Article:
See especially N.T. Wright's article "The Resurrection of Resurrection." Some Wright quotes include:
- "Christianity was born into a world where one of its central tenets, resurrection, was universally recognized as false. Except, of course, in Judaism."
- In Judaism the concept of resurrection is "a late arrival." "Clear statements of resurrection are extremely rare. Daniel 12 is the most blatant, and remembered as such for centuries afterwards: "Many of those who sleep in the dust of the earth shall awake, some to everlasting life, and some to shame and everlasting contempt." Daniel is, however, the latest book of the Hebrew Bible."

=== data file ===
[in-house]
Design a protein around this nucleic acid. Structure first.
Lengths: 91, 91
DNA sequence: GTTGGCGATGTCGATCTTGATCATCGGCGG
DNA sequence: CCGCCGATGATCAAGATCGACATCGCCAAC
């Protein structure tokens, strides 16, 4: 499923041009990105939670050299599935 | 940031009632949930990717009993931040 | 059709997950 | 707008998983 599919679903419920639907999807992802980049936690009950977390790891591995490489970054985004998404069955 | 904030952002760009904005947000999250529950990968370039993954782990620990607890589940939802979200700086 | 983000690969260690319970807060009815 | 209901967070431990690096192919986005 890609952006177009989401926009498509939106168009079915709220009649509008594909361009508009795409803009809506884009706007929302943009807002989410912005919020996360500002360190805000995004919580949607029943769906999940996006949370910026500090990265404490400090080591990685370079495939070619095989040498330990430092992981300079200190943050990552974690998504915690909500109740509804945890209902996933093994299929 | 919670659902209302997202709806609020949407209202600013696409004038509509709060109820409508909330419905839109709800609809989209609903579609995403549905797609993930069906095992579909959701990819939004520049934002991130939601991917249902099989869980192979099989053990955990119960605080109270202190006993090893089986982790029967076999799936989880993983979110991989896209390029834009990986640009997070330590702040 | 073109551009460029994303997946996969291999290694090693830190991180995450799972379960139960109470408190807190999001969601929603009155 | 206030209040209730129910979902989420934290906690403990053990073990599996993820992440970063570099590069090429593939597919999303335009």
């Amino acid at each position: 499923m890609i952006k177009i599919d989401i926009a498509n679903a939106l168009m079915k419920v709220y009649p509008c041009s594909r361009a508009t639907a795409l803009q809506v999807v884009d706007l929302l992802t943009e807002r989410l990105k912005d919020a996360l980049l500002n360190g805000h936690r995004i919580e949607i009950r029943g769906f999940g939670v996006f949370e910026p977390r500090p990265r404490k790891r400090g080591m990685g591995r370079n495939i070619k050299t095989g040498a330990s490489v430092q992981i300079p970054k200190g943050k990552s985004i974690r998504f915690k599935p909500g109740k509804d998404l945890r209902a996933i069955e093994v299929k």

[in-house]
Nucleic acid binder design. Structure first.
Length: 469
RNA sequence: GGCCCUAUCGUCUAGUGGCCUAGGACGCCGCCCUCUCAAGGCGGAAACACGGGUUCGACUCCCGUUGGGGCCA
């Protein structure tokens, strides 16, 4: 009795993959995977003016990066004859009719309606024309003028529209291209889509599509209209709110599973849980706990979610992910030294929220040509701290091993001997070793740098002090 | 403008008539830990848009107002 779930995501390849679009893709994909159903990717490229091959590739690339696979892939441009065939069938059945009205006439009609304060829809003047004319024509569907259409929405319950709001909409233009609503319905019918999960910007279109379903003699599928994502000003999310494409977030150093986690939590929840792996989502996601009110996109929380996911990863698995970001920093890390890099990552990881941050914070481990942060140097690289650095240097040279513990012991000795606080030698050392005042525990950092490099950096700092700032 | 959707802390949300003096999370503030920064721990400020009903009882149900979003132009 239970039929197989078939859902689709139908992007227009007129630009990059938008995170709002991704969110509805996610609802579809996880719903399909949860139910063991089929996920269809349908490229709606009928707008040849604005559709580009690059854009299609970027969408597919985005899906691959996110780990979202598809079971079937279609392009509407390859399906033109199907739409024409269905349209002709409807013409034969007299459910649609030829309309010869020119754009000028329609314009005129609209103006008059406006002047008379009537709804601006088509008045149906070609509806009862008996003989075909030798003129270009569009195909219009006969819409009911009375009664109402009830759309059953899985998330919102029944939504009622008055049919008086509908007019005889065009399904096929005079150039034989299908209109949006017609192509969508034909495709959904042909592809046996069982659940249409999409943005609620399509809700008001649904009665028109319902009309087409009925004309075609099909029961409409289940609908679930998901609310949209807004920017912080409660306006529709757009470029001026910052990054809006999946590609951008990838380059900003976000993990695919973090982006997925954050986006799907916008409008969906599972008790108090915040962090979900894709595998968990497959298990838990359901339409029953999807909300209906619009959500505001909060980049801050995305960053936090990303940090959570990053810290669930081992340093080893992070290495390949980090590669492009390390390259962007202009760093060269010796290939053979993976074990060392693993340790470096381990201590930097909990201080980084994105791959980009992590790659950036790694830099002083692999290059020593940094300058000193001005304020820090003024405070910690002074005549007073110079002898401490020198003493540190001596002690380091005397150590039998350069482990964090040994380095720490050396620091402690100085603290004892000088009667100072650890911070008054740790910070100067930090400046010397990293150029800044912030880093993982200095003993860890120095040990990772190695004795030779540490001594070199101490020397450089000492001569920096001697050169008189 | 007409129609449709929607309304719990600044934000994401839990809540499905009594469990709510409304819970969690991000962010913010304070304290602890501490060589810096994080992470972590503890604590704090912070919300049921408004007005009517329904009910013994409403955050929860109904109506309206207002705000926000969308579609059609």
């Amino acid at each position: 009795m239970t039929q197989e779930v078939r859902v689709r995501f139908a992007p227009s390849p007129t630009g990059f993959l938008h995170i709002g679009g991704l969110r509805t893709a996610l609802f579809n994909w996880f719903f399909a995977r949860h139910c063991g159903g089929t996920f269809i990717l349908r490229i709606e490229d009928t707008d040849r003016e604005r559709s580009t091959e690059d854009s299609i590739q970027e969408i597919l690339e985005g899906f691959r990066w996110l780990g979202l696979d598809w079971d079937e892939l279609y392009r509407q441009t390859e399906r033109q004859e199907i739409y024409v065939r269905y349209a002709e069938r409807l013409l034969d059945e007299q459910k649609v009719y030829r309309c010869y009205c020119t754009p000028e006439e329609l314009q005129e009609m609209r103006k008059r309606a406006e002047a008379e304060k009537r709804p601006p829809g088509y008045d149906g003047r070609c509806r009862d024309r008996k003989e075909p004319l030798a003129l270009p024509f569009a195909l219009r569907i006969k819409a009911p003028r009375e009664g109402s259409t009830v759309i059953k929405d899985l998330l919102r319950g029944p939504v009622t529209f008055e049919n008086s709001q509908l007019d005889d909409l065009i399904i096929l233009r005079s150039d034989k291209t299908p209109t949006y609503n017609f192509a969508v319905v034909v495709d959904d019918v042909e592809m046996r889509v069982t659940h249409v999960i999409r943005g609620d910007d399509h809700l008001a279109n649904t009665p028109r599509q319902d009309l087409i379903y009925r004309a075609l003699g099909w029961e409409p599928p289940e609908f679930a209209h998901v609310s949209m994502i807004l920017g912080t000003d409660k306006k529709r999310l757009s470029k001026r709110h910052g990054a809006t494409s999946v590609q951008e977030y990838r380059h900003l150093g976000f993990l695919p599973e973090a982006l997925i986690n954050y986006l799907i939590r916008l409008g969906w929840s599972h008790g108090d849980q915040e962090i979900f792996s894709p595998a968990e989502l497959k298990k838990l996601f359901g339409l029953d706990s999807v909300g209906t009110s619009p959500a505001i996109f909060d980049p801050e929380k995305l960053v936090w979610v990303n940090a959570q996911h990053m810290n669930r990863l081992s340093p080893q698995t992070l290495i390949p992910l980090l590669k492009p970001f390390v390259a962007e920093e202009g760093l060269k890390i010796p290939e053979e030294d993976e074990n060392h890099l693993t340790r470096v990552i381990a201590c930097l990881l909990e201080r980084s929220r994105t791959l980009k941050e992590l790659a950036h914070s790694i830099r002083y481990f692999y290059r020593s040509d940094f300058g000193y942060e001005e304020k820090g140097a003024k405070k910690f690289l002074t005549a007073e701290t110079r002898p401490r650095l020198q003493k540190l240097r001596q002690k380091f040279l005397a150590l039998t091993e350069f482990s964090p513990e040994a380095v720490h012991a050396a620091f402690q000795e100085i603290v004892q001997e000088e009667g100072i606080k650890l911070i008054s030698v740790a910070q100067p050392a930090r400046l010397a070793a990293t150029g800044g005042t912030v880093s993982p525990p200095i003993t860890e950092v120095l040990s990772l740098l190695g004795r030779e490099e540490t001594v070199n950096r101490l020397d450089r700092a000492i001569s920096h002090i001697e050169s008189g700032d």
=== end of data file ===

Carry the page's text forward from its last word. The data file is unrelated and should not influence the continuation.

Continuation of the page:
- The Sadducees "famously denied the future life altogether."
- The Sadducees held that "the soul perishes along with the body."
- "The clearest statements of resurrection after Daniel 12 are found in 2 Maccabees, the Mishnah and later rabbinic writings."
- "Resurrection does not mean 'being raised to heaven' or 'taken up in glory'... 'Resurrection' is not simply death from another viewpoint; it is the reversal of death, its cancellation, the destruction of its power."
- "The early Christian hope for bodily resurrection is clarly Jewish in origin, there being no possible pagan antecedent."
- The early Christian belief re. 'resurrection' is: "the overcoming of death by the justice-bringing death of the creator God."
- "For early Christians, resurrection was seen to consist of passing through death and out the other side into a new sort of bodily life." See Romans 8:11. Wright says: "This is a radical mutation from within Jewish belief."